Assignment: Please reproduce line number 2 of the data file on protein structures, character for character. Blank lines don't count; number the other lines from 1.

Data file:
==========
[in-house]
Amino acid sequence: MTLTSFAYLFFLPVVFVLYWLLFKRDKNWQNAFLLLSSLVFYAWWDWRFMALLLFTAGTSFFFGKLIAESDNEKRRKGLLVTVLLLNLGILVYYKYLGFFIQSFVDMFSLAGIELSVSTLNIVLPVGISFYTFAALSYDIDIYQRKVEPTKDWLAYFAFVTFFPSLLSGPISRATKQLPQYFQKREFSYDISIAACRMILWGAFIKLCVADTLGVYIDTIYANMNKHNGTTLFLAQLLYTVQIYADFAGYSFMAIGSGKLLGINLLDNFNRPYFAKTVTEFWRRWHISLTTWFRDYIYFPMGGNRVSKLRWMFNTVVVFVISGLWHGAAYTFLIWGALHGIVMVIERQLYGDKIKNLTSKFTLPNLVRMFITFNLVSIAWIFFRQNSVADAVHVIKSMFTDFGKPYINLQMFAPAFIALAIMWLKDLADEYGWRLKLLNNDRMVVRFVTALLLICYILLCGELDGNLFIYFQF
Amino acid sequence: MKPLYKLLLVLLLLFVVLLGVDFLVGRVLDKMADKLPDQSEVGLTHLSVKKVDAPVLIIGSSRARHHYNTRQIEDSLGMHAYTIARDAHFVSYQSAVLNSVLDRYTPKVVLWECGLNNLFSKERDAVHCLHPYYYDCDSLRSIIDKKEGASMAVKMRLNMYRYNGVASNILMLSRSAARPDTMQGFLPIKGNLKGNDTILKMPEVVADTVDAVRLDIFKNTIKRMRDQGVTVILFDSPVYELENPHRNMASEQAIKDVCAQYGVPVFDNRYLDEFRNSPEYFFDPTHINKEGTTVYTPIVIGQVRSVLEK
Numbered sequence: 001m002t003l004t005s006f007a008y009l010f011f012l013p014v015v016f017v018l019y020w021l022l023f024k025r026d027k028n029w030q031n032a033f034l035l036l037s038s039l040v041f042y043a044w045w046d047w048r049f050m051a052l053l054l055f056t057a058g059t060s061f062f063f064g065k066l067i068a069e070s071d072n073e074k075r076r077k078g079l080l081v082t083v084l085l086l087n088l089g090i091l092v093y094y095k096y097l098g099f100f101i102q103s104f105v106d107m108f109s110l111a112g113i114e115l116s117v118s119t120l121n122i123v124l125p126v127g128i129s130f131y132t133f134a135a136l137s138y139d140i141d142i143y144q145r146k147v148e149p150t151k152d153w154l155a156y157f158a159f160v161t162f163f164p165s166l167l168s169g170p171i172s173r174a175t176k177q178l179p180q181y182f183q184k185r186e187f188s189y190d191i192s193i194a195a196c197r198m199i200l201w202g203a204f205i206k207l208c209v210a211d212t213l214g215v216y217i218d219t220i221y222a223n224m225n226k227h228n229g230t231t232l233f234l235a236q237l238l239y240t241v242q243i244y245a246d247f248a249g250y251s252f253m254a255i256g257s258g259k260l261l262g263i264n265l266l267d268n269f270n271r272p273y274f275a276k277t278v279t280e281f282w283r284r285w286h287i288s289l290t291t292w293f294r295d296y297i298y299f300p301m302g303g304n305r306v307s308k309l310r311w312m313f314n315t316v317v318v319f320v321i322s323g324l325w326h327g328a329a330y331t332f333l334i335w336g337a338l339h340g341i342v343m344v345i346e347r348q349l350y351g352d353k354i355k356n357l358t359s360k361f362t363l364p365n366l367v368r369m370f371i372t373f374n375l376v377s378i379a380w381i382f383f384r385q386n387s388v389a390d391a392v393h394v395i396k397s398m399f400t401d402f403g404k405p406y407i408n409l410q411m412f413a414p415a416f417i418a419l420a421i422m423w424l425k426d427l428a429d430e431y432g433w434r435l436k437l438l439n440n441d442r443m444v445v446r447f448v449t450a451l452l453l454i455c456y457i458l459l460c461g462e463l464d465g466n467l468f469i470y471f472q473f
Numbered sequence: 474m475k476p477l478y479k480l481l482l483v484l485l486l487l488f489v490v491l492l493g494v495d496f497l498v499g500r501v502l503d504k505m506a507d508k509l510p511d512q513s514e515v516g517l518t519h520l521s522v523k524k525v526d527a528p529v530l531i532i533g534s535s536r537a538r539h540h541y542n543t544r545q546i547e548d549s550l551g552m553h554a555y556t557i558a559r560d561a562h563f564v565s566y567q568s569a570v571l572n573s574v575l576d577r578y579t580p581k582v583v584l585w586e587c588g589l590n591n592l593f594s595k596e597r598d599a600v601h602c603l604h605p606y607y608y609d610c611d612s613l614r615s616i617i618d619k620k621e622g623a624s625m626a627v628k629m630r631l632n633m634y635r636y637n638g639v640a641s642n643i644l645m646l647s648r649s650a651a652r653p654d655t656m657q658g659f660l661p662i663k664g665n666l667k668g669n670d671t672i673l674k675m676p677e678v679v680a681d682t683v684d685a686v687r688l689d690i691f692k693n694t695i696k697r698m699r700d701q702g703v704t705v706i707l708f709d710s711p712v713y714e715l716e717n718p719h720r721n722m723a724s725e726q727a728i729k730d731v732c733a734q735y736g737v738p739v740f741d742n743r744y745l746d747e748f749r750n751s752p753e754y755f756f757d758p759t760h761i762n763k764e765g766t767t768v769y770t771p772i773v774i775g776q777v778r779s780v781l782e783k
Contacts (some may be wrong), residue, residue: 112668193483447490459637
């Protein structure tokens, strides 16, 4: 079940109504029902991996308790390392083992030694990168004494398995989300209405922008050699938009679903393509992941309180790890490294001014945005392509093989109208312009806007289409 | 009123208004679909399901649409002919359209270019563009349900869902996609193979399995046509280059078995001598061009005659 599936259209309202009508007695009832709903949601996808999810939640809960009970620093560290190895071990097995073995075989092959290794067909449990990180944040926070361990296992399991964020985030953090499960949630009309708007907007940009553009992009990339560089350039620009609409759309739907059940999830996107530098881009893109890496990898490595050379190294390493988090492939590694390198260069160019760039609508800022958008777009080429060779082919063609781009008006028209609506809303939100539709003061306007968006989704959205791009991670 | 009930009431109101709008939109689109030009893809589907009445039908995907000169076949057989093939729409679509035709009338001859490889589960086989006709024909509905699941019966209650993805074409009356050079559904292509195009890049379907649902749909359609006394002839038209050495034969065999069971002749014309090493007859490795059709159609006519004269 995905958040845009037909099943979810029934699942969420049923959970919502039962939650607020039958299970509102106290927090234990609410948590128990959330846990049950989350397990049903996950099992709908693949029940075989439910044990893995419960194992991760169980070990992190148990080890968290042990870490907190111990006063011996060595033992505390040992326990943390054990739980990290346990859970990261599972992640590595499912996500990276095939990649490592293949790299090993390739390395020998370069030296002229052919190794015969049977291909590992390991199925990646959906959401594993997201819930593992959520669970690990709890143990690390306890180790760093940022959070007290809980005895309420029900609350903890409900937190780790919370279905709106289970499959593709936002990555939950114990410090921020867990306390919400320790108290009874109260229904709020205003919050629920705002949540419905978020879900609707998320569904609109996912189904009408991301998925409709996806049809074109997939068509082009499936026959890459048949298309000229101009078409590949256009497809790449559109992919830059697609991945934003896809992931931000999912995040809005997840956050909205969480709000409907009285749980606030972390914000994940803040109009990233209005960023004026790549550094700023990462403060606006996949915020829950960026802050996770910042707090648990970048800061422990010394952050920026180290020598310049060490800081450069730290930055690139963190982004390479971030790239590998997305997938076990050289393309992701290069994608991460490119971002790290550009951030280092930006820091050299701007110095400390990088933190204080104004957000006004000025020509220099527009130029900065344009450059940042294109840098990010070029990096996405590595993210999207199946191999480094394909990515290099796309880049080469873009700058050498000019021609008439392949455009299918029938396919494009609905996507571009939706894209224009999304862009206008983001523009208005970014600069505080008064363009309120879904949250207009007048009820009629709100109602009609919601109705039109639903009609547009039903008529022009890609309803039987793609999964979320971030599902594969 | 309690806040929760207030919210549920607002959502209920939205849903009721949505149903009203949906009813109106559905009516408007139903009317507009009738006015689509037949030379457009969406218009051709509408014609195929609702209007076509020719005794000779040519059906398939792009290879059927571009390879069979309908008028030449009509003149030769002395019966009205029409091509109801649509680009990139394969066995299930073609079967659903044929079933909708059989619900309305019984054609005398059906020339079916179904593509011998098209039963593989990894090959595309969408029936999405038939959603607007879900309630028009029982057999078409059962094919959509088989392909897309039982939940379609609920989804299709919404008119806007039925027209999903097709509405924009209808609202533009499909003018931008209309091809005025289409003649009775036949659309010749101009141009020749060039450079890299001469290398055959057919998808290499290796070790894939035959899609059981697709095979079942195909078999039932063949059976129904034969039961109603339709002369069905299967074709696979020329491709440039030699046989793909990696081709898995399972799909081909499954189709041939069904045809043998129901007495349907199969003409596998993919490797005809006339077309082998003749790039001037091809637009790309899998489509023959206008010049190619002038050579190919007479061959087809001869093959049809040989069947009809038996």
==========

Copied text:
Amino acid sequence: MTLTSFAYLFFLPVVFVLYWLLFKRDKNWQNAFLLLSSLVFYAWWDWRFMALLLFTAGTSFFFGKLIAESDNEKRRKGLLVTVLLLNLGILVYYKYLGFFIQSFVDMFSLAGIELSVSTLNIVLPVGISFYTFAALSYDIDIYQRKVEPTKDWLAYFAFVTFFPSLLSGPISRATKQLPQYFQKREFSYDISIAACRMILWGAFIKLCVADTLGVYIDTIYANMNKHNGTTLFLAQLLYTVQIYADFAGYSFMAIGSGKLLGINLLDNFNRPYFAKTVTEFWRRWHISLTTWFRDYIYFPMGGNRVSKLRWMFNTVVVFVISGLWHGAAYTFLIWGALHGIVMVIERQLYGDKIKNLTSKFTLPNLVRMFITFNLVSIAWIFFRQNSVADAVHVIKSMFTDFGKPYINLQMFAPAFIALAIMWLKDLADEYGWRLKLLNNDRMVVRFVTALLLICYILLCGELDGNLFIYFQF